There are a thousand things the government does each day which allow us to worry less and live more comfortably than we otherwise would. What would your day have been like if there were no government regulation of food products, roads or the environment? Would you enjoy the freedoms you do without a robust national defense system?
One would think that a university-level government teacher would understand the difference between core government functions such as national security and highly ancillary government functions such as the EPA or the FDA. I’m not arguing about the benefits we may get from clean air and clean water or from stop signs at the intersection. I’m just saying that those are rules that can slowly but surely drag a society from ordered liberty to ordered tyranny. (By the way, Europe, which is a tightly controlled and, one might say, ordered society, eventually discovered that all those driving rules fostered disorder, not security.) The regulatory state may be helpful, but it is not free.
You can see why this kind of careless language and statist thinking in a U.S. government class makes me crazy.
3. The tests are unfair. Don’t you hate teachers who put things on tests that they didn’t cover in the material? That’s precisely what the Unit 1 Quiz did. It also had imprecise and ambiguous questions that made it impossible to tell what information the government class seeks — and therefore rendered all three or four multiple choice answers equally right or wrong.
The quiz question that really irked me was the one that claimed that the Founders considered the average citizen evil and justified Republican governance on that ground. It is true that some of the Founders felt that men were evil. The problem with BYU’s government class, though, is that the program quotes only one Founder — James Madison. Significantly, according to BYU’s course materials, Madison didn’t argue that men are evil. Instead, he argued that they are sometimes swayed by passion and will therefore make decisions they come to regret later.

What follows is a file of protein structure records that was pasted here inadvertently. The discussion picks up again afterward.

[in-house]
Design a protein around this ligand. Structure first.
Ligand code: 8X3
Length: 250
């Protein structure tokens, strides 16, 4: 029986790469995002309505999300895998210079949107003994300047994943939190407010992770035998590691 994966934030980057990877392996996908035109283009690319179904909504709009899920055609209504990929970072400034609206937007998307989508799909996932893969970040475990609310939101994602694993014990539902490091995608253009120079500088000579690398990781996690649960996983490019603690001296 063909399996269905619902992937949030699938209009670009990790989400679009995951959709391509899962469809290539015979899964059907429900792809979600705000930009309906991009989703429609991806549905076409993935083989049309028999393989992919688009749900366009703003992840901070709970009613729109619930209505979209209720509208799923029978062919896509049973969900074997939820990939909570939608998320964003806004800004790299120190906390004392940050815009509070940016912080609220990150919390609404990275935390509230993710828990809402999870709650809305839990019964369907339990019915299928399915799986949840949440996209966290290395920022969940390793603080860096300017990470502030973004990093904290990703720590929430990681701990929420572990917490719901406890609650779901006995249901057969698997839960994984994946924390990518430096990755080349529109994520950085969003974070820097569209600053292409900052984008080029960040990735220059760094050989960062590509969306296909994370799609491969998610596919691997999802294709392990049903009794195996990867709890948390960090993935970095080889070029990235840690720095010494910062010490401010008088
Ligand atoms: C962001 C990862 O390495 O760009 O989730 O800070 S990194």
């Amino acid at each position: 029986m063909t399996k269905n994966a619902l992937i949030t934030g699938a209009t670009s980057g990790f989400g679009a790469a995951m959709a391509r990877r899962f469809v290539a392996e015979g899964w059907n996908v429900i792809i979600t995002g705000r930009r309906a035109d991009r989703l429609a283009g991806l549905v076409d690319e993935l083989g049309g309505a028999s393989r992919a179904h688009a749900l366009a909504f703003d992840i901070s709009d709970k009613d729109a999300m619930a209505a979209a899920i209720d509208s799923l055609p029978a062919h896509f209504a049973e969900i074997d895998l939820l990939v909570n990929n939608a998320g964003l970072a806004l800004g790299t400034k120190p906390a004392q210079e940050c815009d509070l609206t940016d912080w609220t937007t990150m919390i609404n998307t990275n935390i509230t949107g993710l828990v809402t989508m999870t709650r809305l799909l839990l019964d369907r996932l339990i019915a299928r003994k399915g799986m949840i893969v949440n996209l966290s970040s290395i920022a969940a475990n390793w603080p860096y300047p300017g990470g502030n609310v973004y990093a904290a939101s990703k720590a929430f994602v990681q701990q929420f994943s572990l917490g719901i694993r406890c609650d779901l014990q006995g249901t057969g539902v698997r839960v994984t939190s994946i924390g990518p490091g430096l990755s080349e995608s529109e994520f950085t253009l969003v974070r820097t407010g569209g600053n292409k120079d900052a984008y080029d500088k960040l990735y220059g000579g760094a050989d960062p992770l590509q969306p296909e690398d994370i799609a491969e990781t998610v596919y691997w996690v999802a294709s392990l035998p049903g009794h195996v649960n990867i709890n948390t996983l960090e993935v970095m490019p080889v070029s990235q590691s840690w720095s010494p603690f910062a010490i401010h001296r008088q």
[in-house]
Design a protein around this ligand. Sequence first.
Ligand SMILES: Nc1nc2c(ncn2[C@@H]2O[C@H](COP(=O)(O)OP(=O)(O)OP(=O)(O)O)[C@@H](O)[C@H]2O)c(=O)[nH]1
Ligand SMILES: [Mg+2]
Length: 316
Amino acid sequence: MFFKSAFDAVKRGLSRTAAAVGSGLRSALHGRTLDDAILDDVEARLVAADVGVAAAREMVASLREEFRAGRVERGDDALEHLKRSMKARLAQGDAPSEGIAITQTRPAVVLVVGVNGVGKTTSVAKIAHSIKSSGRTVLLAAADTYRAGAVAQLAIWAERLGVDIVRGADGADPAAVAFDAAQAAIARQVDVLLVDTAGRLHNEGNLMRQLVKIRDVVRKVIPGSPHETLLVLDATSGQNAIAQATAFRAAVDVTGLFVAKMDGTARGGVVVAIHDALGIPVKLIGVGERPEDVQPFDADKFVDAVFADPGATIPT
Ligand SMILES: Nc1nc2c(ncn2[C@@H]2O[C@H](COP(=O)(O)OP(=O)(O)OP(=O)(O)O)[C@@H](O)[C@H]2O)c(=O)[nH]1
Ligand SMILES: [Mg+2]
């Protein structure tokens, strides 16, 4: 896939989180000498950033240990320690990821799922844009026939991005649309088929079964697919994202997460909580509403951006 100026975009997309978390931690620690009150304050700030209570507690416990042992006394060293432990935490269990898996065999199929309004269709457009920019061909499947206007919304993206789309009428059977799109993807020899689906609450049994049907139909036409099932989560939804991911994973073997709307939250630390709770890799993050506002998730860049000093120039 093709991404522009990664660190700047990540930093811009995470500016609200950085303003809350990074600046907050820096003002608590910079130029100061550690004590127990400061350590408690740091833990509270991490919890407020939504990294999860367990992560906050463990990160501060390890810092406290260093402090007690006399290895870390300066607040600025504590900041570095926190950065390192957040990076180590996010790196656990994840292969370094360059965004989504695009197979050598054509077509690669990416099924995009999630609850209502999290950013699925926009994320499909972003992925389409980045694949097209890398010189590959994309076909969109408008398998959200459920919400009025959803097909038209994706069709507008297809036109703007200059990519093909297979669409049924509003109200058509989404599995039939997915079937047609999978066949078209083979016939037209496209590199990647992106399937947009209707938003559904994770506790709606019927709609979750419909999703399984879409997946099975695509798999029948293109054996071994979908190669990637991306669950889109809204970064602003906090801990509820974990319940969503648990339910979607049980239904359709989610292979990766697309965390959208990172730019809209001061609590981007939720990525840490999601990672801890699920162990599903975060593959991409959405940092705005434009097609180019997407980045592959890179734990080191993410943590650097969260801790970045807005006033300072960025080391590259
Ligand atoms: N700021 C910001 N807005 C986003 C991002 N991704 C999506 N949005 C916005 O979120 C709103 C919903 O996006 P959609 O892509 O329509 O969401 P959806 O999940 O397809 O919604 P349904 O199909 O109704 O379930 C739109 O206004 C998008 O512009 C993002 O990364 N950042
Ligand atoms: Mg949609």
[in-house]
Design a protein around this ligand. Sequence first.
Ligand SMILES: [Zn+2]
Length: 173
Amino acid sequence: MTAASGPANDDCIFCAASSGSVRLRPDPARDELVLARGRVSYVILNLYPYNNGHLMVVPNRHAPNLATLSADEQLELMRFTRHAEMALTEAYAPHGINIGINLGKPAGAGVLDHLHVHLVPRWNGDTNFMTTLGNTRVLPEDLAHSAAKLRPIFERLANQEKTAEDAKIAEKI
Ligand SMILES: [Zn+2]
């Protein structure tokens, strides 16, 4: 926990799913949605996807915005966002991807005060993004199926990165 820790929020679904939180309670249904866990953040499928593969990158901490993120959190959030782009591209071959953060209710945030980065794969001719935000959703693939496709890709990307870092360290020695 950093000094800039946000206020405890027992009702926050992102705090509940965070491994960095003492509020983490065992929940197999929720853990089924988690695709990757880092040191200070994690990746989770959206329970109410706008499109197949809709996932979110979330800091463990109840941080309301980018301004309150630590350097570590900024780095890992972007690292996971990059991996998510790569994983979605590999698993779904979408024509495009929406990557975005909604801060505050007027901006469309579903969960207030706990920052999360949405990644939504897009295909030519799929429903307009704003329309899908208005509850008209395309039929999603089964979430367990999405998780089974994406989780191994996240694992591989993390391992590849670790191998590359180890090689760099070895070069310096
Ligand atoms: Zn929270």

There are particular moments in public affairs when the people, stimulated by some irregular passion, or some illicit advantage, or misled by the artful misrepresentations of interested men, may call for measures which they themselves will afterwards be most ready to lament and condemn. In these critical moments, how salutary will be the interference of some temperate and respectable body of citizens, in order to check the misguided career and to suspend the blow meditated by the people against themselves, until reason, justice and truth can regain their authority over the public mind. (Federalist No. 63.)
Just to be certain that Little Bookworm and I hadn’t missed something in any of the readings preceding the Unit quiz, I searched for the word “evil” in everything we read. Nothing. The quiz definitely asked a question that had as its answer a conclusion that the material never touched.
Later units in this program may be wonderful and I’ll be sorry I made such a fuss now. Based on what I have seen, though, the government class has the same failings as what the local, highly-rated public schools offer: it’s poorly written, it fails to understand what it’s teaching, and the quizzes are unfair. The only virtue, then, is that high school students, rather than wasting 70 or so hours of their lives on a government class waste only 20 or so. That’s got to be a good thing.
Still, it rankles with me that our children remain so uneducated about the most brilliant document (that’s the Constitution) and the best governing system in the history of the world. And no, I don’t believe I’m exaggerating. America’s social, cultural, economic, and military success, even as they’ve mostly maintained individual liberty, are unequaled in history. We’ve had our bad moments (slavery springs to mind, a sin we imported from Europe), but for the most part, we achieved these goals without becoming a totalitarian dictatorship that practices some form of world conquest. (As a reminder, all ancient civilizations, the moment they had power, went mad for world conquest. America flirted with overseas imperialism but, thankfully, abandoned the effort before going all Europe about it.)